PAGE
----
Thursday, February 7, 2013

Tarte tatin

 
 
 
 

Sunday morning was one of those crisp, clear, incredibly sunny winter days that remind me of New York, a harsh, cold wind sweeping through the streets and cleaning the air. Colors seemed brighter, outlines sharper, like everything had more detail.
 
You know what I mean, right? When you feel like you are looking at the world through binoculars and you just adjusted the focusing wheel a tad? Like you had gotten accustomed to seeing everything just slightly out of focus, so slightly that you hadn't even notice it until you actually adjusted the wheel?
 
That is the kind of day it was on Sunday, quite extraordinary for this city. On days like these you can clearly see the snow-capped mountains that surround Milan and they look so close, you feel like you could reach out and touch them. It is a view that takes your breath away.
 
 
Flaky, crisp crust
  
On days like these, I always wonder what it must have been like to leave this city on horseback or on foot centuries ago, back when there was very little to obstruct the traveller's view of the Po valley: lush, green flat land for miles and then the abrupt massiveness of the Prealps and the Alps. What did this view provoke in the mind of a simple farmer from a small village in the plain on a day like this? A man who had never left his village, let alone ventured over the Alps? What did he feel like when he woke up on a day like this to find that majestic alpine belt at a finger's reach? What did he make of the majestic crystalline rock formation he saw so nearby but would never cross? Did he wonder about it, about the foreign people and lands that were right on the other side, yet so unapproachable? Or did he just work the land without wasting time on such unecessary thoughts, thoughts that certainly did not help put food on the family table?
 
But I digress. My friends tease me about my habit of constantly imagining and wondering what a place was like back in the Middle Ages. What can I say? Living in a country so filled with history, it is hard not daydream about these things.

Anyways, what I really wanted to tell you about when I started this post was how sometimes a handful of seconds can change your life. So back to a sunny, very windy winter day in Milan.
 
 
 
 
 
We all woke up in good spirits on Sunday morning. How can you not when blazing sunlight welcomes you after days of grey, wet, foggy weather? We were going out for lunch with my in-laws and the prospect of a short drive out of the city made us even more cheerful. When we walked out of our part of the building into our courtyard, I wrapped my collar tighter around my neck. The wind was colder than I had expected it to be. We walked over to the communal recycling bins where the children took turns at who could separate glass, paper, plastic and metal more quickly. When we were done we crossed the courtyard and walked up to the entrance of the building.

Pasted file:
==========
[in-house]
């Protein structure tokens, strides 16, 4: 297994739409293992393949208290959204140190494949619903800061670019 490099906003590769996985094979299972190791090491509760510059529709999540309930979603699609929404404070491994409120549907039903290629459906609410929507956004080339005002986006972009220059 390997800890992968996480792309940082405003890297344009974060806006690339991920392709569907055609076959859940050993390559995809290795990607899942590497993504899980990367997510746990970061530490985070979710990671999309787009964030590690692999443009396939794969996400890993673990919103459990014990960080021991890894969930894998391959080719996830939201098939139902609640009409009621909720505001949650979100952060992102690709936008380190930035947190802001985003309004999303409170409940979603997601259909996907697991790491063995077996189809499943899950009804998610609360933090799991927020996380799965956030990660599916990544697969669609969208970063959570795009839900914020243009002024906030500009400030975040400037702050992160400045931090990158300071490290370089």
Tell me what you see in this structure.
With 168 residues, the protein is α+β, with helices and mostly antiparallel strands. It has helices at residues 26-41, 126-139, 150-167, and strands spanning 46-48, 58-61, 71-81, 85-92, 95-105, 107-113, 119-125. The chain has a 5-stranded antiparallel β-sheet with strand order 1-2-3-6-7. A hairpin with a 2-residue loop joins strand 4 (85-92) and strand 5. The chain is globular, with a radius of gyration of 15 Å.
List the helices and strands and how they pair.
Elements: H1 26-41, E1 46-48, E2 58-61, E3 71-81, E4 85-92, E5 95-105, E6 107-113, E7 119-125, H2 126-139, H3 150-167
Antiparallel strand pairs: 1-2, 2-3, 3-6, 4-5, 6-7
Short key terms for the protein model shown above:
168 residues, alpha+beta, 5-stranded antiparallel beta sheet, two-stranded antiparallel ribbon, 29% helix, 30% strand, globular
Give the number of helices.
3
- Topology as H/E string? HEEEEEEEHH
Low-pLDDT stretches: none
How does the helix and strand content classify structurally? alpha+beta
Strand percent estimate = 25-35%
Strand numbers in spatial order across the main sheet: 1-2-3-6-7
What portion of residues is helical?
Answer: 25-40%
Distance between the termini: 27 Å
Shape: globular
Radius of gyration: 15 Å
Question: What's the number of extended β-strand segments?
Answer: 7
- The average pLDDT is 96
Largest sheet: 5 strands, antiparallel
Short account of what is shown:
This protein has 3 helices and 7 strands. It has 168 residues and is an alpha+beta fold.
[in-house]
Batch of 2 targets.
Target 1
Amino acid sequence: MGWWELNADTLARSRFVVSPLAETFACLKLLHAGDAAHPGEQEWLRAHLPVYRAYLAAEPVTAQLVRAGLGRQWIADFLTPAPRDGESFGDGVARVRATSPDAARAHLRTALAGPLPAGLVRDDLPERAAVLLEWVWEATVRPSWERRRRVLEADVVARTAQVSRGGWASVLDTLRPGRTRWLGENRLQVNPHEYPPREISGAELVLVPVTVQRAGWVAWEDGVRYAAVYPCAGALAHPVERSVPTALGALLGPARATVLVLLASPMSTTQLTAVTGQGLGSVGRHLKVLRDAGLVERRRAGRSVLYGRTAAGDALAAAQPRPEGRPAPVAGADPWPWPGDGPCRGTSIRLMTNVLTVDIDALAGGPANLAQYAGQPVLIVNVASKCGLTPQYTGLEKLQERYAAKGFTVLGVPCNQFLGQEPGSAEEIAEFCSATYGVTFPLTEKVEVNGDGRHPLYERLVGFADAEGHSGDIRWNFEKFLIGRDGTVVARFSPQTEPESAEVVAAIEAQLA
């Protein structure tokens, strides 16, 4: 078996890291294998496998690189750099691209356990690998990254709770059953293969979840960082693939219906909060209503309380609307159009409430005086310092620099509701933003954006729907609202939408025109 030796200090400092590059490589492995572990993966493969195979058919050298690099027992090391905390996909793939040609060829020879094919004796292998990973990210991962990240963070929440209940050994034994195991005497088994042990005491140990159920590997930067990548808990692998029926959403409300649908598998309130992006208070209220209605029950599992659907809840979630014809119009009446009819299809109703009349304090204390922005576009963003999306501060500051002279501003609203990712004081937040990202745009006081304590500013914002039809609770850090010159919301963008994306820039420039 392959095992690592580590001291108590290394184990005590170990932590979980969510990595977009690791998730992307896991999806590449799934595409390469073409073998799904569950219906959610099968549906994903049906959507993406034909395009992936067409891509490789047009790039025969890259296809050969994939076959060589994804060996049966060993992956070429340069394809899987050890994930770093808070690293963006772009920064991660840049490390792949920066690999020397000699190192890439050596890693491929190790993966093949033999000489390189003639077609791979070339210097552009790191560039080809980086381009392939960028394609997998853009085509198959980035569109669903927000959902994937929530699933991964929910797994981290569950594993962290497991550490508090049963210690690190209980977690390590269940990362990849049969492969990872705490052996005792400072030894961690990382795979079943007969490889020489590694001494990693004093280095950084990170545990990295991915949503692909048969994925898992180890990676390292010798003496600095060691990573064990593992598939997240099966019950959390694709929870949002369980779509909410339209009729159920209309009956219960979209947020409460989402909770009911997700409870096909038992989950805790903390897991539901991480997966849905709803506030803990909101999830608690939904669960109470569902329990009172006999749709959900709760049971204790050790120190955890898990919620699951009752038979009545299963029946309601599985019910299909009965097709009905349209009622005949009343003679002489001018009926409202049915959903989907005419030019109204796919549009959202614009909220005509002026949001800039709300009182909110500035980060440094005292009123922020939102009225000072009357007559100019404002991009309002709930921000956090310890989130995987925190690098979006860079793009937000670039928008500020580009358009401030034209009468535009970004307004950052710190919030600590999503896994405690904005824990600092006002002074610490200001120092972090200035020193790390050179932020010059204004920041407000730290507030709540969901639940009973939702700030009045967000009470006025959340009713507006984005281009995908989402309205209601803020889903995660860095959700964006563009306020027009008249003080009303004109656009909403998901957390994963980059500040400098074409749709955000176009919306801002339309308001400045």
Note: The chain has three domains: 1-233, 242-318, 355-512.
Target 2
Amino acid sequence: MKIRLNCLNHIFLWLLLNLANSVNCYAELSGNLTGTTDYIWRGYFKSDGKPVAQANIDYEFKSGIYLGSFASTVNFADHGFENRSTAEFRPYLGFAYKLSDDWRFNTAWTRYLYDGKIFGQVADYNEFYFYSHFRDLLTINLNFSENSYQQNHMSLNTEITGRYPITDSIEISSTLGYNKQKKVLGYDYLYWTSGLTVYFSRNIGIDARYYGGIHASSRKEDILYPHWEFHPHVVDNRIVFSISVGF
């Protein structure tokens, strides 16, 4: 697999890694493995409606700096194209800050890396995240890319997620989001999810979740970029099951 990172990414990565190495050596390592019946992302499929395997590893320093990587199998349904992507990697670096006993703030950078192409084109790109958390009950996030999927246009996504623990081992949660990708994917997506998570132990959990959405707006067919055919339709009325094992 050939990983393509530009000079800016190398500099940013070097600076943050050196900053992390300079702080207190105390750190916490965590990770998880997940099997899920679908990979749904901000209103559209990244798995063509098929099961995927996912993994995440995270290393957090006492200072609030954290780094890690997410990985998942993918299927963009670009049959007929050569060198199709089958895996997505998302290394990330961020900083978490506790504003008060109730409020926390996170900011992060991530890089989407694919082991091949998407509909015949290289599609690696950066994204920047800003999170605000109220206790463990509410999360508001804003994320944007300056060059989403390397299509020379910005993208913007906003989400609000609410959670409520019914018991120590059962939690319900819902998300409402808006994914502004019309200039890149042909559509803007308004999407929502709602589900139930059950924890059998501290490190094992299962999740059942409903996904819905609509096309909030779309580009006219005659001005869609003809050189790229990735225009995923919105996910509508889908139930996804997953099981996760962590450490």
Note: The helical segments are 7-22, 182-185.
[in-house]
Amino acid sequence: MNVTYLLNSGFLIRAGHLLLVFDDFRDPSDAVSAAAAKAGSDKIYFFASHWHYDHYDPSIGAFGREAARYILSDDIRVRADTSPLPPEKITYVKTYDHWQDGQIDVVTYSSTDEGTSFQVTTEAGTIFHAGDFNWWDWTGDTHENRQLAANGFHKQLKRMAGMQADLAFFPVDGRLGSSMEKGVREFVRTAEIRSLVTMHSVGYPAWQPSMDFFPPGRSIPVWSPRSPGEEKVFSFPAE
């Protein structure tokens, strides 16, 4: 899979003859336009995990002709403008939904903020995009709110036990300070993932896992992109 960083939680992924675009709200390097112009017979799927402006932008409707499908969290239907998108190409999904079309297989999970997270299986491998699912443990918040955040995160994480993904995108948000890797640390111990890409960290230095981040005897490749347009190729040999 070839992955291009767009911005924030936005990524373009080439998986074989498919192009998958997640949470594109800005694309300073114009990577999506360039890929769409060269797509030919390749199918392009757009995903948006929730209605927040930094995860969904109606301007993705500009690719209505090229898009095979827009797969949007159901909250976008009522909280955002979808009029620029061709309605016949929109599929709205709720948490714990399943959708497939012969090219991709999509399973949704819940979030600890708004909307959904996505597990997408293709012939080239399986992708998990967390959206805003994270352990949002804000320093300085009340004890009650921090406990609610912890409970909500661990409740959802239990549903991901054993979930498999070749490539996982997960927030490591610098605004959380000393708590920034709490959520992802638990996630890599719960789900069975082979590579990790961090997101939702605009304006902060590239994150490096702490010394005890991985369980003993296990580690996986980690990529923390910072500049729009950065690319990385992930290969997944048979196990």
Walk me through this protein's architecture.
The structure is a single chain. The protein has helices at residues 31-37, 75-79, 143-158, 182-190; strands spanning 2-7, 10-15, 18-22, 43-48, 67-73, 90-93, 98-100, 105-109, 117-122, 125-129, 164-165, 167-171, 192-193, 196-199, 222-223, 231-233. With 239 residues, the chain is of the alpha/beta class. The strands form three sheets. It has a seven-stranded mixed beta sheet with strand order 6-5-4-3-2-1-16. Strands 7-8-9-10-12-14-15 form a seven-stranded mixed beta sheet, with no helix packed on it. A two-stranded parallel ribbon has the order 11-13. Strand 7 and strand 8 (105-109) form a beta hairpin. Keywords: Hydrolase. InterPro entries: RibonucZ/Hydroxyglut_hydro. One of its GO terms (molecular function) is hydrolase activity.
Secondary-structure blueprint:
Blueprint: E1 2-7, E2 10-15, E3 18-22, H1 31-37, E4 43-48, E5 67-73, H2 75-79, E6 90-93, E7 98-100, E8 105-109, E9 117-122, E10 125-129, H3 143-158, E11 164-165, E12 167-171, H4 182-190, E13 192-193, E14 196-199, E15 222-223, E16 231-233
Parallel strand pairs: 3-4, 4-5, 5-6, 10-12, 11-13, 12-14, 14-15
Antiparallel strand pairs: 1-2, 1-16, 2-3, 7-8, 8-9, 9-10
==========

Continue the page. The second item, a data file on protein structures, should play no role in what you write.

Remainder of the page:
Like so many apartment buildings in Italy, our building is built around an inner courtyard, so when you enter it from the street, you first approach a covered area that opens up through an arch into said courtyard. The main stairwell is located in this enclosed area. If you cross the courtyard you enter the back of the building through a  smaller door and reach a secondary staircase. In the old days, this was the servants' entrance, but after the War the large apartments were split into smaller ones, so now the two stairwells and the apartments are totally independent from each other.
 
 
If you are wondering why the apples look different here, it is because the first time I  made tarte tatin I accidentally cut the apples in eights (see here) and the second time I quartered them (see above and below), the traditional way.
 
 
 I digress again, forgive me, but this time I am doing it to help you envision what I am about to tell you.
 
We walked through the arch and towards the main entrance of the building. Right as we stepped out onto the street we heard a deafening thud. Not a crash, more like a loud thump. Startled, we turned and realized a very tall but flimsy plant with a large, heavy plastic vase had just been swept by the wind off of one of the balconies/terraces above and crashed into the courtyard exactly where the four of us had just walked through the arch no more than five seconds before.

Quartered apples
 
 
 
Call it luck, fate, destiny, providence or whatever else you like. All I could think at that moment was that we were alive and going out to lunch on a beautiful sunny day, but that one of us could have been killed or very seriously hurt, if...

...if my son had missed the paper recycling bin while throwing away the empty cereal box on his first try

...if the kids had lingered like they usually do to look at an ant or pick up a fallen leaf

...or if I had stopped to pull down my daughter's hat over her ears to protect her from the wind as I so often do.

If is such a short, simple word, yet so powerful and full of meaning.
 
The proverbial vase falling from a window sill will never be just that anymore. It will forever remind of that time that was not my time or my family's apparently, of how precious and fleeting life is.
 
So forgive me for inundating you with a jumble of thoughts mixed with historical and architectural details and just plain weirdness, but the craziness is bound to come out sooner and later if you just laugh it off with your kids when it happens to minimize and proceed to hide your shaking hands for the next hour.
 
 
 

So with this carpe diem attitude, why not make something you were too afraid to make before, just for the heck of it, because life is good and full of surprises and because you never know what tomorrow holds.